Chemical reactions of the elements
Reaction of iridium with air
Iridium is largely immune to atmospheric attack. On heating with oxygen, iridium metal gives iridium (IV) oxide, IrO2.
Ir(s) + O2(g) → IrO2(s) [black]
Usually second and third row d-block elements show similar chemistries, but in this case, rhodium (immediately above iridium in the periodic table) burns to give rhodium (III) oxide, Rh2O3. If Ir2O3 is formed in the above reaction, it must oxidize further to IrO2.
Reaction of iridium with water
Iridium does not react with water under normal conditions.
Reaction of iridium with the halogens
Metallic iridium reacts directly with fluorine gas to form the highly corrosive iridium(VI) fluoride, IrF6. This material, with care, can be heated to form iridium(V) fluoride, which has the yellow tetrameric structure [IrF5]4.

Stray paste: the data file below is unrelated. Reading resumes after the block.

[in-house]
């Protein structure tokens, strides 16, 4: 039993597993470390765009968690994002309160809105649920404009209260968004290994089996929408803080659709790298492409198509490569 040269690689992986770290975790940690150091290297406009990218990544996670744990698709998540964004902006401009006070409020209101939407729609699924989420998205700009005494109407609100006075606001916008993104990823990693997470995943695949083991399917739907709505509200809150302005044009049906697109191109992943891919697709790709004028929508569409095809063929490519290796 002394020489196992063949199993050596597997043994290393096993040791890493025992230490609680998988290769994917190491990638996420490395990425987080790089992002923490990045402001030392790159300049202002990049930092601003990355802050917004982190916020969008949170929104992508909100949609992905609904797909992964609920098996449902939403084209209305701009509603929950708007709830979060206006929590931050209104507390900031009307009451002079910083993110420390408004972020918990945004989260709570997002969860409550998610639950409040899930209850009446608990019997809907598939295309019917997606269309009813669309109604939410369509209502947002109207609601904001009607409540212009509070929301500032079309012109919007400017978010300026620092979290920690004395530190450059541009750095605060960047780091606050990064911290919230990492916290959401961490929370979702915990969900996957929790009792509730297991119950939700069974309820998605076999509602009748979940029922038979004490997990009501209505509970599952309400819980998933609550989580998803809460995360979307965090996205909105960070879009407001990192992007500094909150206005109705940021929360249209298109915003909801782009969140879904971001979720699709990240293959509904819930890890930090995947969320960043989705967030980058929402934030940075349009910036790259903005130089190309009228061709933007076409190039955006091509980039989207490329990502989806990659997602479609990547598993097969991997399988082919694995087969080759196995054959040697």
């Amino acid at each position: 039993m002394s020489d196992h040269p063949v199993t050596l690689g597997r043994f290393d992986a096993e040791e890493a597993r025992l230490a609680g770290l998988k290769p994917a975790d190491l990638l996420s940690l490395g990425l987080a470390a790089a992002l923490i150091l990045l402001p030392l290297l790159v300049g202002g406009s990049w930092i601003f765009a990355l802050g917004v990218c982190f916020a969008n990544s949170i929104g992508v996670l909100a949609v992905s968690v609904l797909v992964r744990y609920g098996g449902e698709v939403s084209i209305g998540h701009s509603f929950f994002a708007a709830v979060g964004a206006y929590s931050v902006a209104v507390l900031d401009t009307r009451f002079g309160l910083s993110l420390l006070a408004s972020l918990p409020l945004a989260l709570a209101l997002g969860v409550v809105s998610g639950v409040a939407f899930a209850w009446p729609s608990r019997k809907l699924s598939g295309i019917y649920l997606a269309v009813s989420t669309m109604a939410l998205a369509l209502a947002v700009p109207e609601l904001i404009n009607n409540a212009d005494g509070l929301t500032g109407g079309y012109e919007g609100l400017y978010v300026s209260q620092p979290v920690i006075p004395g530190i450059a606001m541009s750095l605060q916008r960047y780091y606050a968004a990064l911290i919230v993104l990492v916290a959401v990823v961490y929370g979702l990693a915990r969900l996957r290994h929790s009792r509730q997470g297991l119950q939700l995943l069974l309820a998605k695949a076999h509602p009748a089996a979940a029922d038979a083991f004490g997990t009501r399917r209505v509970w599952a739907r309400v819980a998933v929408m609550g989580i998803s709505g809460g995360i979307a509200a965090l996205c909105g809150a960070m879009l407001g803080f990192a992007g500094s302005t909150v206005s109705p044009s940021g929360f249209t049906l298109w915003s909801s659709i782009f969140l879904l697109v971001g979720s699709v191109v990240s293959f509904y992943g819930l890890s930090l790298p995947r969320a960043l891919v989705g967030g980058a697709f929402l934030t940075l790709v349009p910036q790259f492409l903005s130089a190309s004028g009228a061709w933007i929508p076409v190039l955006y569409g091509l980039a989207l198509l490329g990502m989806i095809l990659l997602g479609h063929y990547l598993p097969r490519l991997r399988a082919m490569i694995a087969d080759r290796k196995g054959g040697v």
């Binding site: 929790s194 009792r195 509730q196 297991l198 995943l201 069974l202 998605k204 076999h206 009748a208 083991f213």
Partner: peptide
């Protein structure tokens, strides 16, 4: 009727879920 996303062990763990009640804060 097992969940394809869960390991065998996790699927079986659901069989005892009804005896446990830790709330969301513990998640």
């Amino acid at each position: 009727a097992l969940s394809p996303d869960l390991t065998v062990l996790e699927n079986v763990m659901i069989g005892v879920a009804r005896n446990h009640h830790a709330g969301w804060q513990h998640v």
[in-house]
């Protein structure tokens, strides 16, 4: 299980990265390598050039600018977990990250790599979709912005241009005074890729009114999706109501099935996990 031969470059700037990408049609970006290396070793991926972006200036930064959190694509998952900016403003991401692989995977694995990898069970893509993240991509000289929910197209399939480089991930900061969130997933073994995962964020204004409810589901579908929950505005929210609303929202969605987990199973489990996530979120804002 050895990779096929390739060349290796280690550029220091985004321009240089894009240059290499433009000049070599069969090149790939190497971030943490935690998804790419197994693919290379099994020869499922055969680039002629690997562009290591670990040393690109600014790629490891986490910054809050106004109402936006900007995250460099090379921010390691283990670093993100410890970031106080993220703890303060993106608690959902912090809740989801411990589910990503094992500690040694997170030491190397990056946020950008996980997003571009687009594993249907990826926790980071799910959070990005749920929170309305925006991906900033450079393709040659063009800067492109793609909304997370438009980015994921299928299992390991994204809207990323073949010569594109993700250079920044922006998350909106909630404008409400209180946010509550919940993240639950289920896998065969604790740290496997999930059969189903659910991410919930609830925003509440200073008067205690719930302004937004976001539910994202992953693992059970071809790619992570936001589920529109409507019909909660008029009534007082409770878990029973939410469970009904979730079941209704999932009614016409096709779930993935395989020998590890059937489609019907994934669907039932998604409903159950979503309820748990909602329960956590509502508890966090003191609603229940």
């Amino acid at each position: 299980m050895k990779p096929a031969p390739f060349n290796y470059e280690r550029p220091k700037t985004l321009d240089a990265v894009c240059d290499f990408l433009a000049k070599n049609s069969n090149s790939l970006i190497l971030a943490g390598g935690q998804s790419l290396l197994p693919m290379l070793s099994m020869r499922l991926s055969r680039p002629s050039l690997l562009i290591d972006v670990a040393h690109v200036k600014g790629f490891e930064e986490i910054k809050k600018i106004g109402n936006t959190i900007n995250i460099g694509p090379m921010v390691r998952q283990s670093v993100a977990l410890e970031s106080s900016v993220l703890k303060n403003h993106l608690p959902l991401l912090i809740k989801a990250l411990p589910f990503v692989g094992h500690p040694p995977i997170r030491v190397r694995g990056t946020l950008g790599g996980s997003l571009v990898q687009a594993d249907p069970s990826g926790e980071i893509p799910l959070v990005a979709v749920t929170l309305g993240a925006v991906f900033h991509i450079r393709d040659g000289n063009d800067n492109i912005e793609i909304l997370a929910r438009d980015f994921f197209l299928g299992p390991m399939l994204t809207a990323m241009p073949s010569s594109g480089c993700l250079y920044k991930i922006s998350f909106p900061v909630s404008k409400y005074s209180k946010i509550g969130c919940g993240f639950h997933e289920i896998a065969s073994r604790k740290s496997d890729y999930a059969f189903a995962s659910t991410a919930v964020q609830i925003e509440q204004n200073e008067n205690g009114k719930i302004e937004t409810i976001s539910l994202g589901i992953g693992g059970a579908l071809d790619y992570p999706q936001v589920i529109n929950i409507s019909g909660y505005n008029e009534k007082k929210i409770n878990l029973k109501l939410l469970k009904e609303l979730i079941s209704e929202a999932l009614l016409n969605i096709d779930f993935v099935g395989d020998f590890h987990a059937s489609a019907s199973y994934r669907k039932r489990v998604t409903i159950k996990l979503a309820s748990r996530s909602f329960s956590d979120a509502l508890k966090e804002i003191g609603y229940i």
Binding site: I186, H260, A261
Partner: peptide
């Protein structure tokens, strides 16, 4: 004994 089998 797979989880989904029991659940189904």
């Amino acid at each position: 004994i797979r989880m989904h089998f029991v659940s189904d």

Ir(s) + 3F2(g) → IrF6(s) [yellow]
The trihalides iridium(III) fluoride, IrCl3, iridium(III) chloride, IrCl3, iridium(III) bromide, IrBr3, and iridium(III) iodide, IrI3, can be formed through the direct reaction of the metal with the halogen under anhydrous (dry) conditions. In the case of fluorine, some [IrF5]4 may also form.
2Ir(s) + 3F2(g) → 2IrF3(s) [black]
2Ir(s) + 3Cl2(g) → 2IrCl3(s) [red]
2Ir(s) + 3Br2(g) → 2IrBr3(s) [red-brown]
2Ir(s) + 3I2(g) → 2IrI3(s) [dark brown]
Reaction of iridium with acids
Iridium metal is notably inert to reaction with acids, including aqua regia (a mixture of hydrochloric acid, HCl, and nitric acid, HNO3, known for its ability to dissolve gold metal).
Reaction of iridium with bases